DNA Behavior conducted a recent research study across 65,000 randomly selected participants who had completed the Financial DNA Discovery Process to determine which clients would be ideal from a behavioral management perspective. We identified the following statistics about a person’s Financial Behavior Capability when you combine the propensities for saving (or spending), goal drive and risk-taking:

 

Financial Behavior Capability Saving or Spending propensity Goals and/or Risk Population %
Very High High Saving And high goal motivation and high risk taking 11%
High High Saving And high goal motivation only 17%
High High Saving And high risk taking only 15%
Moderate Moderate Saving Moderate risk taking and goal motivation 14%
Low High Spending And low risk taking only 15%
Low High Spending And low goal motivation only 17%
Very Low High Spending And low goal motivation and low risk taking 11%

 

Relationship Style

 

Interestingly what we found is that only 3% of clients would be ideal from a behavioral management perspective when you combine a high Financial Behavior Capability and have a relationship style. All of the remaining 97% could be Molotov Cocktail clients who are prone to making financial decisions which would counteract accumulating wealth for meeting their goals and/or would be difficult (or not enjoyable) to inter-personally manage.

 

The behaviorally ideal clients (3% of the population) exhibit the following characteristics:

 

  1. High Financial Behavior Capability based on the 11% of the population having the propensity to: (i) save money (low spender), (ii) emotionally manage losses (high risk tolerance) and (iii) build wealth (high goal motivation).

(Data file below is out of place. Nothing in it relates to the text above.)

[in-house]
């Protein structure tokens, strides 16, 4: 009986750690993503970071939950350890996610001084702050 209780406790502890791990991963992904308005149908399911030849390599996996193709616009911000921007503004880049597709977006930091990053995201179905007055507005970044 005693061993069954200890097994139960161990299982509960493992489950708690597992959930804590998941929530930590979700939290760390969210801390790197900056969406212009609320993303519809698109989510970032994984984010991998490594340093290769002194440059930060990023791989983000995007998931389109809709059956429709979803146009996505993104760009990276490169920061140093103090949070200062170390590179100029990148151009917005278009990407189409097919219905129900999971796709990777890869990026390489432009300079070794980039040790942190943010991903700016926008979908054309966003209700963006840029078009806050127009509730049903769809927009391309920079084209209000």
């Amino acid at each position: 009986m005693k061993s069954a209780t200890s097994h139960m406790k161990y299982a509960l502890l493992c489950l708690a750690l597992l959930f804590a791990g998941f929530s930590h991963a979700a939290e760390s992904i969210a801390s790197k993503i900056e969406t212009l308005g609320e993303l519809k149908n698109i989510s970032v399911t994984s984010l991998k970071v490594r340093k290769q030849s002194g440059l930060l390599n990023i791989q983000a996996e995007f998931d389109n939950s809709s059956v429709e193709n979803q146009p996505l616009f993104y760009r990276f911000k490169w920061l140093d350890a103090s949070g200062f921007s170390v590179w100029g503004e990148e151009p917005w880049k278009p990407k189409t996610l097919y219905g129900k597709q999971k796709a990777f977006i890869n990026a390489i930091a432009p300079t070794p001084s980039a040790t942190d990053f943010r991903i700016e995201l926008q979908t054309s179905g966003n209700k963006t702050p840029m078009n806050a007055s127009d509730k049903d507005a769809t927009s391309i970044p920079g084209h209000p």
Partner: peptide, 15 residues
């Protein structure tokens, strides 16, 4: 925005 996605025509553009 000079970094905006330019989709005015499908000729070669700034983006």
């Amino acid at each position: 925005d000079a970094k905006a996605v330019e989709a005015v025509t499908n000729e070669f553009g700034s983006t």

2. High Relational Style based on the 11% of the population with high financial capability as defined above, only 27% of that population (roughly 3% of total population) will have a desire to congenially work with the advisor to build a long-term relationship and not simply for performance management. Put another way, more than two thirds of the population with a high Financial Behavior Capability will be more relationally difficult to work with because of their strong results focus and demanding nature.

Will you be the advisor – or organization that employs many advisors – that takes on any client and advises them without any insight into their financial personality? Or will you leverage data to maximize advisor-client fit, tailor advice and client communication, and ensure retention, satisfaction and success on both sides of the advisory relationship?

Consultant

Disruptive Innovation Challenges Business Consultants to Understand Behavior

Consultants are facing extraordinary changes in every industry, which is making it harder to identify and execute sustainable solutions. How do you best support, advise and mentor your clients when they are faced with unusual “competitors”, that is, the Disruptive Innovators?

Disruptive innovation is not new. Clayton M. Christensen first mentioned this theory in 1995. It’s only recently that industry has begun to recognize that finding new markets and new innovations to take to markets, might be worth pursuing to build their businesses.

So, what is Disruption Innovation?

Investopedia defines it as, “A technology whose application significantly affects the way a market or industry functions. a classic example (is) the internet.”

Interestingly, disruptive innovations come, not necessarily from the big end of town, but from entrepreneurs and even cottage industries. That is the mum at home or the guy in his garage.

This speed of change that likely threatens your clients can place business consultants at a disadvantage, leaving you unable to advise clients on how best to manage the impact of these disruptive innovators. Both you as the business consultant and your clients must be far more adaptable in your thinking – and the clients in their operational business structures – in order to make the quick pivots to deal with threatening changes.

 

The benefits of agility

Start-ups don’t have to worry about processes and procedures. They don’t have to “get everyone on board” to change. They don’t have to persuade their board or stakeholders. This gives them a huge advantage over established businesses.